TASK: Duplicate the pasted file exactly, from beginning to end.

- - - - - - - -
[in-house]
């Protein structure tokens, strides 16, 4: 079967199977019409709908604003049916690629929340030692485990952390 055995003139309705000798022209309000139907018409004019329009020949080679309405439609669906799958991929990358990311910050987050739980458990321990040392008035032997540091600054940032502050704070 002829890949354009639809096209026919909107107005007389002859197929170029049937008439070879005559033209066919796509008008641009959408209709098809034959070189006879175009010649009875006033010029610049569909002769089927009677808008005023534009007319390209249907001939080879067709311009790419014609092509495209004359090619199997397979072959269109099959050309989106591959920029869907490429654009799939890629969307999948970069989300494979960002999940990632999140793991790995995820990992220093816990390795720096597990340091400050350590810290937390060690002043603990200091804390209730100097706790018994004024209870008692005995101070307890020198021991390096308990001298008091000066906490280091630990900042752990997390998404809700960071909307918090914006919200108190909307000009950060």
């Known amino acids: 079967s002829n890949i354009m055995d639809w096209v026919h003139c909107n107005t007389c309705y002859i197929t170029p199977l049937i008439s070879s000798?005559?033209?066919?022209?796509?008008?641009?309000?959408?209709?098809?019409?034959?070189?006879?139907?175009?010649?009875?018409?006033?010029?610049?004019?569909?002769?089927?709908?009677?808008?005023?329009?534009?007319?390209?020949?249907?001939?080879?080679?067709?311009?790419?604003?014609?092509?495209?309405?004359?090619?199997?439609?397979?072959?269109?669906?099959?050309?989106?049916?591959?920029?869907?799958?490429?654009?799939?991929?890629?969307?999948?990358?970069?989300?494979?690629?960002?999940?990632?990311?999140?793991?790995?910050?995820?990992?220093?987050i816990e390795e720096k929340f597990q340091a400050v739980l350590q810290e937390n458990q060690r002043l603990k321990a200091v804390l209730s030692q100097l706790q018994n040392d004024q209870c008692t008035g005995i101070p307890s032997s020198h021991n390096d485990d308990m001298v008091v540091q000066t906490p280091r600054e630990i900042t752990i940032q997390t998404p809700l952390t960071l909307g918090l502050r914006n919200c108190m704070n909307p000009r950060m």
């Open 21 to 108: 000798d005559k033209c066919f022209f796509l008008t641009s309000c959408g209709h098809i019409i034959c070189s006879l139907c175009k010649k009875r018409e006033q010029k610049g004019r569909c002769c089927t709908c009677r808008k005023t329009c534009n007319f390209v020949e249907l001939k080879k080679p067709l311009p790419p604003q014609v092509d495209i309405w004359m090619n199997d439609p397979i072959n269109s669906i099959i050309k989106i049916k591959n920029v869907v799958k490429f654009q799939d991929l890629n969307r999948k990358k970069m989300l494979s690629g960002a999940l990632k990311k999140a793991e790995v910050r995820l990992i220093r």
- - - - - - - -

[in-house]
């Protein structure tokens, strides 16, 4: 079967199977019409709908604003049916690629929340030692485990952390 055995003139309705000798022209309000139907018409004019329009020949080679309405439609669906799958991929990358990311910050987050739980458990321990040392008035032997540091600054940032502050704070 002829890949354009639809096209026919909107107005007389002859197929170029049937008439070879005559033209066919796509008008641009959408209709098809034959070189006879175009010649009875006033010029610049569909002769089927009677808008005023534009007319390209249907001939080879067709311009790419014609092509495209004359090619199997397979072959269109099959050309989106591959920029869907490429654009799939890629969307999948970069989300494979960002999940990632999140793991790995995820990992220093816990390795720096597990340091400050350590810290937390060690002043603990200091804390209730100097706790018994004024209870008692005995101070307890020198021991390096308990001298008091000066906490280091630990900042752990997390998404809700960071909307918090914006919200108190909307000009950060």
């Known amino acids: 079967s002829n890949i354009m055995d639809w096209v026919h003139c909107n107005t007389c309705y002859i197929t170029p199977l049937i008439s070879s000798?005559?033209?066919?022209?796509?008008?641009?309000?959408?209709?098809?019409?034959?070189?006879?139907?175009?010649?009875?018409?006033?010029?610049?004019?569909?002769?089927?709908?009677?808008?005023?329009?534009?007319?390209?020949?249907?001939?080879?080679?067709?311009?790419?604003?014609?092509?495209?309405?004359?090619?199997?439609?397979?072959?269109?669906?099959?050309?989106?049916?591959?920029?869907?799958?490429?654009?799939?991929?890629?969307?999948?990358?970069?989300?494979?690629?960002?999940?990632?990311?999140?793991?790995?910050?995820?990992?220093?987050i816990e390795e720096k929340f597990q340091a400050v739980l350590q810290e937390n458990q060690r002043l603990k321990a200091v804390l209730s030692q100097l706790q018994n040392d004024q209870c008692t008035g005995i101070p307890s032997s020198h021991n390096d485990d308990m001298v008091v540091q000066t906490p280091r600054e630990i900042t752990i940032q997390t998404p809700l952390t960071l909307g918090l502050r914006n919200c108190m704070n909307p000009r950060m």
């Open 21 to 108: 000798d005559k033209c066919f022209f796509l008008t641009s309000c959408g209709h098809i019409i034959c070189s006879l139907c175009k010649k009875r018409e006033q010029k610049g004019r569909c002769c089927t709908c009677r808008k005023t329009c534009n007319f390209v020949e249907l001939k080879k080679p067709l311009p790419p604003q014609v092509d495209i309405w004359m090619n199997d439609p397979i072959n269109s669906i099959i050309k989106i049916k591959n920029v869907v799958k490429f654009q799939d991929l890629n969307r999948k990358k970069m989300l494979s690629g960002a999940l990632k990311k999140a793991e790995v910050r995820l990992i220093r």